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Elected Officials, Labor Leaders Speak in Support of Locked-Out Musicians

Following are excerpts from the speeches given at the Dec. 2 rally supporting the locked out New York City Ballet Orchestra musicians:

Local 802 Vice-President Mary Landolfi: We are here to protest the arrogance of Lincoln Center, an institution that has its buildings sitting on a piece of public property, but which refuses to allow its citizens to exercise their free speech rights across the street. We’re here to protest the management of the New York City Ballet, who hide behind a smokescreen of “artistic integrity” while they single handedly have brought the spectre of taped music to The Nutcracker in Lincoln Center. The musicians of the New York City Ballet want to be in the theatre playing The Nutcracker. All we are asking is a fair contract – and with your support, we’ll get it.

Bill Dennison, Assistant to Local 802 President Bill Moriarity: For musicians, for Local 802, the ultimate insult is the presentation of ballet at the New York State Theater with canned music. The other day, a reporter asked what I meant by canned music. I said, “Well, you’ve heard of canned food. You’ve certainly opened a can of limp, stale vegetables that have lost all their taste and texture -a poor and tasteless imitation of the real thing. If you’ve done that, you know what canned music is. That’s what they are presenting across the street: a limp, stale, lifeless imitation of the real music of The Nutcracker.”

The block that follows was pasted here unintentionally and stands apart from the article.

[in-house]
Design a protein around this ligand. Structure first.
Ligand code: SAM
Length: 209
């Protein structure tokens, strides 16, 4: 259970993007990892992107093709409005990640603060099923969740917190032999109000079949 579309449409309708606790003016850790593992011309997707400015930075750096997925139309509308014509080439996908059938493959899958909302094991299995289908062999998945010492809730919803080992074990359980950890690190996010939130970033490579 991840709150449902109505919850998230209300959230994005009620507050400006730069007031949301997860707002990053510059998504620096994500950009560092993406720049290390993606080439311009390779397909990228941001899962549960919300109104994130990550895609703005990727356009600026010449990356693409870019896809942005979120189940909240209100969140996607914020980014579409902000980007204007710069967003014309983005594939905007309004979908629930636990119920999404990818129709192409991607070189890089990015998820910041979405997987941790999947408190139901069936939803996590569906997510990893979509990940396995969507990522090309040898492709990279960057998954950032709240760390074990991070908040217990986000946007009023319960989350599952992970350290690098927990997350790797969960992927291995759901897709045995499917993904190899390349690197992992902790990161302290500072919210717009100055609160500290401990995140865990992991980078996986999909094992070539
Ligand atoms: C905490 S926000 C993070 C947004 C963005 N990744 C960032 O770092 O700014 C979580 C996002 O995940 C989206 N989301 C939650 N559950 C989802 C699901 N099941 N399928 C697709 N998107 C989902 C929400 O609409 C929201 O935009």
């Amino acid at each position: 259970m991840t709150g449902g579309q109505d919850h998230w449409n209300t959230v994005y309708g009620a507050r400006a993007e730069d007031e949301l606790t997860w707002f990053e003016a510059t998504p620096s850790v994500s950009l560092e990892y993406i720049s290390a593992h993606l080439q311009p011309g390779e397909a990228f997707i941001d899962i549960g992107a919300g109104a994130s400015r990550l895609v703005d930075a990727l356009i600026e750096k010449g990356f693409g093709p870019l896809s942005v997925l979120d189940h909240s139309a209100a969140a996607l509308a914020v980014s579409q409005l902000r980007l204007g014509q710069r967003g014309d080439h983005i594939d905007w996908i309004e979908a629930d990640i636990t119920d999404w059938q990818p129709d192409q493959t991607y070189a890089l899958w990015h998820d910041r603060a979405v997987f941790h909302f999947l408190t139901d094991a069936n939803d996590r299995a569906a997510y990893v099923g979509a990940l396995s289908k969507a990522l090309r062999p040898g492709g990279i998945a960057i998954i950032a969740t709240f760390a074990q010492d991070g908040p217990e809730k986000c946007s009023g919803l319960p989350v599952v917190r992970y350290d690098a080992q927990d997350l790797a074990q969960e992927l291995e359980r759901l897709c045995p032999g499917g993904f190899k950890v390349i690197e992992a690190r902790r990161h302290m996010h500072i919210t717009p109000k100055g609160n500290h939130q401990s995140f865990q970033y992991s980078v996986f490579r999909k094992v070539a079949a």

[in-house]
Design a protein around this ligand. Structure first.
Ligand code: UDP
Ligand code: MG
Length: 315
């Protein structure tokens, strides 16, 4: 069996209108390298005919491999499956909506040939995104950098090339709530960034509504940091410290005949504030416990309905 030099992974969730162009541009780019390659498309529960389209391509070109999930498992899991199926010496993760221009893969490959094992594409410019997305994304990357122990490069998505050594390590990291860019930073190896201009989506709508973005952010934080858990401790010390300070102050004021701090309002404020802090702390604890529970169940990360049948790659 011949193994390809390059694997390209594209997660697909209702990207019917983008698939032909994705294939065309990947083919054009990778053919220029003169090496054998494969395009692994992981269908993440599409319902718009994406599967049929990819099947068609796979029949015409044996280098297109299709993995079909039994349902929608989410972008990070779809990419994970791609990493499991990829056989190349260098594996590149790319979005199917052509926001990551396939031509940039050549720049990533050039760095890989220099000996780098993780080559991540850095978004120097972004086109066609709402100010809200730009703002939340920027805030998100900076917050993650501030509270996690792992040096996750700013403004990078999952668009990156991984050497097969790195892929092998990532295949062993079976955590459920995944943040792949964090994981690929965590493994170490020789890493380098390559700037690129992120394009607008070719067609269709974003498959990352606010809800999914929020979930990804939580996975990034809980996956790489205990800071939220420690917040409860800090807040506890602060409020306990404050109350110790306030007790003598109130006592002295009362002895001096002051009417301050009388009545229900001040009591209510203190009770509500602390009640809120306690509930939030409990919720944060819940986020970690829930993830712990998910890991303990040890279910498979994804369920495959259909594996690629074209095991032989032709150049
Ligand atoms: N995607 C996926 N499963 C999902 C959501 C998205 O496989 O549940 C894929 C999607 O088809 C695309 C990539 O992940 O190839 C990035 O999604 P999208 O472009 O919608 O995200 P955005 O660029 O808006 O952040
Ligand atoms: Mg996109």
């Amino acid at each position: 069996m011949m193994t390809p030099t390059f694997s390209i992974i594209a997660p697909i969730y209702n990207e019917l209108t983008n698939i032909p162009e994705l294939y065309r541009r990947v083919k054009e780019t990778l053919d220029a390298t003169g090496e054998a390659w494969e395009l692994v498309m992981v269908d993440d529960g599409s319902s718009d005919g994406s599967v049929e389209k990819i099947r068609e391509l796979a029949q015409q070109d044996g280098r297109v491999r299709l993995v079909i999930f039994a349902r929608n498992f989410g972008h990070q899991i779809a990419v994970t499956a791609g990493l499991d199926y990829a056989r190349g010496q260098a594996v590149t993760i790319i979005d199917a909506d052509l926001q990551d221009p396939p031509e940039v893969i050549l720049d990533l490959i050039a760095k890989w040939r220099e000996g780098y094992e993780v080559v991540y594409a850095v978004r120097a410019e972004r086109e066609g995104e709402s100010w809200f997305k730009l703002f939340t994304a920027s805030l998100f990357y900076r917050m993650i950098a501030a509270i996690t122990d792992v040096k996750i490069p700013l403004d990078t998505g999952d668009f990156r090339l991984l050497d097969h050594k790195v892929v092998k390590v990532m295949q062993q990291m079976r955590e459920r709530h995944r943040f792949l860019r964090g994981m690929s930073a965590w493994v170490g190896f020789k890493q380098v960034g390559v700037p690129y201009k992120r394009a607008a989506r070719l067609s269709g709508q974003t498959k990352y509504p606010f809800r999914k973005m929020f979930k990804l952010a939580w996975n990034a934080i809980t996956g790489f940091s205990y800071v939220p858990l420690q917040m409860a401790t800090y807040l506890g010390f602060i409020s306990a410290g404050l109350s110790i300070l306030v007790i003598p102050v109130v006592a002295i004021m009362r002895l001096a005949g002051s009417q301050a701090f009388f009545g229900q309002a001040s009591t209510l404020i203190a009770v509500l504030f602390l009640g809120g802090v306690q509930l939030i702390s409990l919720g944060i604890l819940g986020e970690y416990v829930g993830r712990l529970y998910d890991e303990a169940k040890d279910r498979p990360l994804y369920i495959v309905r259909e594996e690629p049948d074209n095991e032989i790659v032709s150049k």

New York City is the live music capital of the world. Millions of people visit our city each year because of this wonderful product we offer – live music. We have to do everything we can to preserve it.

Orchestra Member Donald MacCourt: The management of the New York City Ballet has decided that they want to restrict the members of the orchestra from being able to take other engagements. The problem with that is that the ballet is only half a year’s job, and we all have to do other things in order to make a living. They don’t seem to care about that. In effect, they’ve put us in a position where we can’t make a living if we do what they want. We’ve told them that we want to keep on negotiating so we can reach an attendance requirement that works for us and for them, but they won’t have it.

AFM President Steve Young: All across the United States tonight, there are Nutcrackers being performed with a live orchestra – in Boston, San Francisco, St. Louis, Kansas City, there’s a live orchestra. And here we are in New York City, Lincoln Center, beacon of the arts, with taped music and no live orchestra. The New York City Ballet is just plain wrong in locking the musicians out. This is an issue to be dealt with at the bargaining table – not by kicking the musicians out and depriving the public of the Nutcracker they paid to see. They expect to see an orchestra there.

Jeremy Hoffman, Research Analyst, Hotel Employees and Restaurant Employees Local 100: We represent the food service workers in two out of the three buildings we’re looking at, and they stand by you. At Lincoln Center, the floodgates seem to be opening on labor troubles. We’re trying to organize the 95 food service workers at the Metropolitan Opera, and they’re being resisted by the same folks who are resisting you. Mr. Howard Solomon, the chairman of the board of the Ballet, is a managing director of the Metropolitan Opera. He’s not helping you guys; he’s refusing to meet with us. We need to stand up in solidarity.